In Proceedings of the 12th International Conference on Web Information Systems and Technologies (WEBIST 2016) - Volume 2, pages 139-146
ISBN: 978-989-758-186-1
2016 by SCITEPRESS Science and Technology Publications, Lda. All rights reserved
The use of fitness trackers and apps in human activity
is a current trend in research. (Shafaee et al., 2014)
and (Issa et al., 2015) introduce an approach to as-
sess the reliability of market fitness trackers. (Hirsch
et al., 2014) highlights the significance of MapMyFit-
ness data to place physical activity into Neighborhood
Context. Several studies such as (Chen et al., 2007)
and (Pang et al., 1995) introduced preference-based
route navigation for drivers. (Quercia et al., 2014)
uses Flickr meta-data to determine pleasant locations
and suggests more beautiful walking routes to desti-
nations accordingly. (Knoch et al., 2012) applies arti-
ficial neural networks as a data mining methodology
for a context-aware running route recommender sys-
tem. A walking route recommender system consid-
ering route safety, amenity and walkability is intro-
duced in (Sasaki and Takama, 2013).
A running route is basically a set of ordered loca-
tion points denoting longitude, latitude and elevation.
Through utilizing these data points, several features of
the route are inferred enabling the classification and
filtering of routes to match the personal preferences
of any individual. Sections 3.1 through Section 3.3
describe the significance of the considered features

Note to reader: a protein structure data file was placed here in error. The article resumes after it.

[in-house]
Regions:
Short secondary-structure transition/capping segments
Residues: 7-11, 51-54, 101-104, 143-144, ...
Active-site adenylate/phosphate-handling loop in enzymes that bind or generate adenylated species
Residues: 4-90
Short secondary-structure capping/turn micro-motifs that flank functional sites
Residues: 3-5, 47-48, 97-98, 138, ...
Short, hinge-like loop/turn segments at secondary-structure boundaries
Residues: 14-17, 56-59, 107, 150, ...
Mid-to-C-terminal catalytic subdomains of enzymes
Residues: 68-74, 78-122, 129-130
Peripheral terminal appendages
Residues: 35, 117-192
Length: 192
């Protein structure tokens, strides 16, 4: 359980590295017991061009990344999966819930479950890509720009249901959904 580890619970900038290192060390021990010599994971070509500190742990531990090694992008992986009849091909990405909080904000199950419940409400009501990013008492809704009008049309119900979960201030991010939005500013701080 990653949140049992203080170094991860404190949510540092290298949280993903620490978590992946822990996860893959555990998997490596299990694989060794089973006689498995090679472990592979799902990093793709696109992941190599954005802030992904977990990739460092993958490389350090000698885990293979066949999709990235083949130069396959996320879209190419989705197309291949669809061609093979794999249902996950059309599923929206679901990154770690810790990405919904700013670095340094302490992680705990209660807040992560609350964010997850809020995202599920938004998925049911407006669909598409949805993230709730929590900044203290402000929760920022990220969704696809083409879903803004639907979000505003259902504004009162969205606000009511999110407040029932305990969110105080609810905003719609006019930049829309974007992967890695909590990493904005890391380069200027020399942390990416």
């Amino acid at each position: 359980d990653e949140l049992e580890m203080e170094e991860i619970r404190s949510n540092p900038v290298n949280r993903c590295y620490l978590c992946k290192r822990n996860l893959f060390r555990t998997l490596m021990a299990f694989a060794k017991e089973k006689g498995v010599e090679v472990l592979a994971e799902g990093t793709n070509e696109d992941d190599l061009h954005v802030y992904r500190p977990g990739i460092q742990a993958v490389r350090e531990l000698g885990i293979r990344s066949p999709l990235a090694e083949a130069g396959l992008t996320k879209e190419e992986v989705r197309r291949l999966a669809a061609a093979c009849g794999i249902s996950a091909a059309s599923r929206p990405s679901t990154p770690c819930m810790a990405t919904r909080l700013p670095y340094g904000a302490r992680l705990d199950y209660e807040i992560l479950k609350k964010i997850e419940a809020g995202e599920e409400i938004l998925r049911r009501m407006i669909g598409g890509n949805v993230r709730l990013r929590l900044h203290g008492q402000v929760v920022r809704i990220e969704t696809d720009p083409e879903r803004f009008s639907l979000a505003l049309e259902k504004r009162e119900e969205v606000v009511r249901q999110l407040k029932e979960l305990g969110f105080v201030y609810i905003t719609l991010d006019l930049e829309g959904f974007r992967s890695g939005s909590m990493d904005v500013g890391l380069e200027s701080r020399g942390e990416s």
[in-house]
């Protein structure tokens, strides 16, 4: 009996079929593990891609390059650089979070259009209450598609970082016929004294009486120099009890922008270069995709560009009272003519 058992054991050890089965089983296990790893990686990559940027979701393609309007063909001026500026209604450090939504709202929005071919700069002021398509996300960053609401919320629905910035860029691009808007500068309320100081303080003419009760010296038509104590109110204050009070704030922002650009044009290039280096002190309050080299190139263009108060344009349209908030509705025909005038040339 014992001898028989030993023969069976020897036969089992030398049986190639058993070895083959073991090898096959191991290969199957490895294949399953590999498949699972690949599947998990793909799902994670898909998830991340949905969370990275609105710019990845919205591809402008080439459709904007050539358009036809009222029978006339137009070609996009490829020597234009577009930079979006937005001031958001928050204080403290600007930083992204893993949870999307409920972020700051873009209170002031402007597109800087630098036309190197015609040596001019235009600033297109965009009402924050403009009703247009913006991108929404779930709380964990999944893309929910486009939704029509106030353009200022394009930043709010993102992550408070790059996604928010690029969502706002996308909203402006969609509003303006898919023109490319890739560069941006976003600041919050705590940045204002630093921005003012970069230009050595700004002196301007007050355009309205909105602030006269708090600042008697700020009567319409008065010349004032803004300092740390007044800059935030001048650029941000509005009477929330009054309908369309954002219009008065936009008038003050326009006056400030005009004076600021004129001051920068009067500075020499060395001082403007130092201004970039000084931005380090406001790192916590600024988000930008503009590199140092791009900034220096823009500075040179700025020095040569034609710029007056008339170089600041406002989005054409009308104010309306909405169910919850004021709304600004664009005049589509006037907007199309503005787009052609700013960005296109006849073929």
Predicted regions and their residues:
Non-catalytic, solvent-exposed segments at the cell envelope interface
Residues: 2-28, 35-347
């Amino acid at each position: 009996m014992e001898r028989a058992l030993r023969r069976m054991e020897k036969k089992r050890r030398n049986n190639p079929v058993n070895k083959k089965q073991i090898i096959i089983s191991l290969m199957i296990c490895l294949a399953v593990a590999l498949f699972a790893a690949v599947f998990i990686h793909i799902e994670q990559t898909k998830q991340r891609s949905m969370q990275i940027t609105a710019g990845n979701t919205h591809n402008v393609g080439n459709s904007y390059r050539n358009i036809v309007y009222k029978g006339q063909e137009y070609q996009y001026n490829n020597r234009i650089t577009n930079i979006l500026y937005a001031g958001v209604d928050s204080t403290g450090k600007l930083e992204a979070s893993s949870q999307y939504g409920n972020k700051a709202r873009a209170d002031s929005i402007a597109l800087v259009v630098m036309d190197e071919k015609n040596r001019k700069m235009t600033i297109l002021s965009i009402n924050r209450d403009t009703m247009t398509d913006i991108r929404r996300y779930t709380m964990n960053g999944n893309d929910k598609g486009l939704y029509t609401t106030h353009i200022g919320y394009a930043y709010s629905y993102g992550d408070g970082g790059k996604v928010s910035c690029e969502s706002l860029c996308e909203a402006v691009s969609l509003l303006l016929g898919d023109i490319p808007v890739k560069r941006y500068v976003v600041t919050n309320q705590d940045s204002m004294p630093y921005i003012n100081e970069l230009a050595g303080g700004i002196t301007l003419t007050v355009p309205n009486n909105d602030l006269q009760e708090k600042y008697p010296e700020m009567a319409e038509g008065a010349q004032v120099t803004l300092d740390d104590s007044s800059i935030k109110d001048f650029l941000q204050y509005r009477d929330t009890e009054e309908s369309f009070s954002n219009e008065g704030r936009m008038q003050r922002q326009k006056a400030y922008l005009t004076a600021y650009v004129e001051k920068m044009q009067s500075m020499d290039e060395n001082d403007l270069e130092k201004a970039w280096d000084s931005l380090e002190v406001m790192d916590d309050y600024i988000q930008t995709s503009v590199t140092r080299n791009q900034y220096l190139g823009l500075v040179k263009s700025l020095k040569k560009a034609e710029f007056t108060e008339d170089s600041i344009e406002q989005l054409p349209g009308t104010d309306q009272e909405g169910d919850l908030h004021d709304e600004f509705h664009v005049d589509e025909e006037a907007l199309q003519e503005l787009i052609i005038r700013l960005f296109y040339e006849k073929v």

and the approaches used in their computation. It is
worth mentioning that in the following computations
the original data points are sampled using Ramer-
Douglas-Peucker algorithm (Douglas, 1973) to ob-
tain a sufficiently similar route using a much smaller
subset of the route data points. This step enhances
the performance especially for Section 3.2.2 and Sec-
tion 3.3 where external API calls are used.
3.1 Performance Features
3.1.1 Distance
The distance of a route is perhaps the most critical
feature for people when deciding if a route is suit-
able for them. Usually the distance is provided among
other meta-data in fitness information systems like However, if not provided, dis-
tance between two points in a route are accurately cal-
culated using the Haversine formula (Sinnott, 1984)
which computes great-circle distances between two
points on a sphere using their longitudes and latitudes.
3.1.2 Variation in Elevation
The loss and gain in elevation along running routes
are vital for quantifying their strenuousness with re-
spect to steepness. The variation in elevation is rep-
resented by two distinct values, which are the total
descent and total ascent. The total ascent value de-
notes the sum of upward vertical distance covered by
the runner in order to complete the route. The total
descent value is the value of downward vertical dis-
tance that the route entails.
3.2 Nature of Route
According to International Association of Athletics
(IAAF), running events are classified
upon the nature of their location into track, road and
cross-country running. Section 3.2.1 introduces an
approach to verify whether a route is a running track
or not. Section 3.2.2 distinguishes between road and
cross-country running routes.
3.2.1 Running Track
Running tracks are characterized by their standard-
ized shape and length. In order to assess if a route
is a track or not, a supervised learning approach is
applied. Considering the convex shape of a running
track, all the points defining the track must intuitively
trace, in close proximity, the smallest convex set con-
taining these points, i.e. their convex hull. Figure 1
and Figure 2 show the convex hull defined by a run-